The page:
Cindy Beane smiles thinking about how far she’s come. “When I was a young teacher, I didn’t know the difference between Medicaid and Medicare.” Insert eyeroll here… and the warm laugh that is Cindy’s trademark. She dreamt of being a teacher but newly married and without viable work in the classroom, Cindy pivoted to work with people with severe mental illness. She fell in love with the work and embraced an environment that helped shape her work style and leadership skills. In the largest mental health center “this side of the Mississippi” Cindy received investment in leadership development, was a student of Stephen Covey, and cut her teeth on a team-coverage model that honed her adaptability and flexibility skills. Its where she, “learned how to roll with it.” Cindy earned a masters in social work, building a lasting desire to serve people with physical and intellectual disabilities and substance use disorders. When Cindy transitioned to state government the first stop was a division of behavioral health in the department of human services, ultimately landing in Medicaid fifteen years ago. Here she’s stayed and thrived. Her leadership mark is felt across the West Virginia Medicaid program, of which she’s intensely and rightfully proud.
Like many Medicaid leaders, Cindy Beane’s commitment to the program is both personal and professional. At NAMD, we refer to this as “your why”. On a personal level, because she participated in Medicaid, Cindy’s Grandmother could age in place, which brought the family great comfort. As a policy expert, Cindy is confident West Virginia Medicaid is life saving and life changing. Medicaid programs help mountaineers be healthy and have full lives – enhancing what West Virginia offers as a place to live and work. Cindy is deeply proud to represent a state that values health coverage and makes help available for people who need it.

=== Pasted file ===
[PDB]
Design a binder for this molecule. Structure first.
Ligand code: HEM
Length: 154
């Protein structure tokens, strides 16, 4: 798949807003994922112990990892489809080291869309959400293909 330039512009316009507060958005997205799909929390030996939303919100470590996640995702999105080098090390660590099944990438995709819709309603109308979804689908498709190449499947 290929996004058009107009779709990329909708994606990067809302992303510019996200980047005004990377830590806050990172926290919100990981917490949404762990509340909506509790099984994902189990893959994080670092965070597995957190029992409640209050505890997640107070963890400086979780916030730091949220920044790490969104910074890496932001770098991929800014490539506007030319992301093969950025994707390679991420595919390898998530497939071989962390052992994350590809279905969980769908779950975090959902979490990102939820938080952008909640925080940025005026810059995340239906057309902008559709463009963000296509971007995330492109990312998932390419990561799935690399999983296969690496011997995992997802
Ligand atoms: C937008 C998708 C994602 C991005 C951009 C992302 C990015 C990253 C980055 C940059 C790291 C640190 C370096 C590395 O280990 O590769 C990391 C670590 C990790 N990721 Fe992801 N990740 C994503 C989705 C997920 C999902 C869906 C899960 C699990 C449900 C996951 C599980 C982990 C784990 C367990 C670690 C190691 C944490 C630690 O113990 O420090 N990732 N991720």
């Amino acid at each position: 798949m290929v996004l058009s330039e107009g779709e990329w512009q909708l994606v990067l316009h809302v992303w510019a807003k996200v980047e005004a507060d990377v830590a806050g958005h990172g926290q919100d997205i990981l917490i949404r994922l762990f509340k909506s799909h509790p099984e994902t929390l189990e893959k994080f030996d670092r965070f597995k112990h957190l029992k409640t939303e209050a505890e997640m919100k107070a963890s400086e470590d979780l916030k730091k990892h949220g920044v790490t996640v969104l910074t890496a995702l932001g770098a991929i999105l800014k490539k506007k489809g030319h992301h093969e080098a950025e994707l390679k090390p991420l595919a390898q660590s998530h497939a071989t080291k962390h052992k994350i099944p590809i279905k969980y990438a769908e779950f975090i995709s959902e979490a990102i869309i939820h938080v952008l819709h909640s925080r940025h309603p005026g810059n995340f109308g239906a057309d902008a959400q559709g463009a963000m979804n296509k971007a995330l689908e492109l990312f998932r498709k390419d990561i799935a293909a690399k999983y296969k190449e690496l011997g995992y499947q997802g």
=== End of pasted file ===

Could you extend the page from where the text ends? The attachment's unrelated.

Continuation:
As Cindy takes the helm of NAMD’s Board, there’s a lot on her mind. She and the Board prioritize unwinding the public health emergency and the continuous coverage requirement. For people determined to no longer be eligible for their state Medicaid program, this means a smooth transition to another healthcare resource. For the state agency workforce, this means regaining an effective eligibility function, which while put on hold these last three years, is core to all state programs. As president, Cindy will also prioritize children and youth in foster care. The COVID pandemic triggered a significant rise in the foster care population and demands a renewed focus on improving services and coordination. She sees a great opportunity to better align Medicaid and child welfare both at the state and federal level.
As a passionate advocate for the program and the people it serves, Cindy can see some common misconceptions folks hold concerning Medicaid. So, what would she like people to better understand about Medicaid? First, most people who qualify for Medicaid are in the workforce but are low wage earners or otherwise outside of employer-sponsored insurance. Second, that Medicaid can be for anybody, not “other people.” The program is ready to fill the gap for young low-income families, bridge health care needs between jobs, provide for a medically complex child, and support our elders to age in place or close to home. Cindy keeps these stories front-of-mind for her and her staff and encourages us all to center a discussion about Medicaid to be a discussion about people.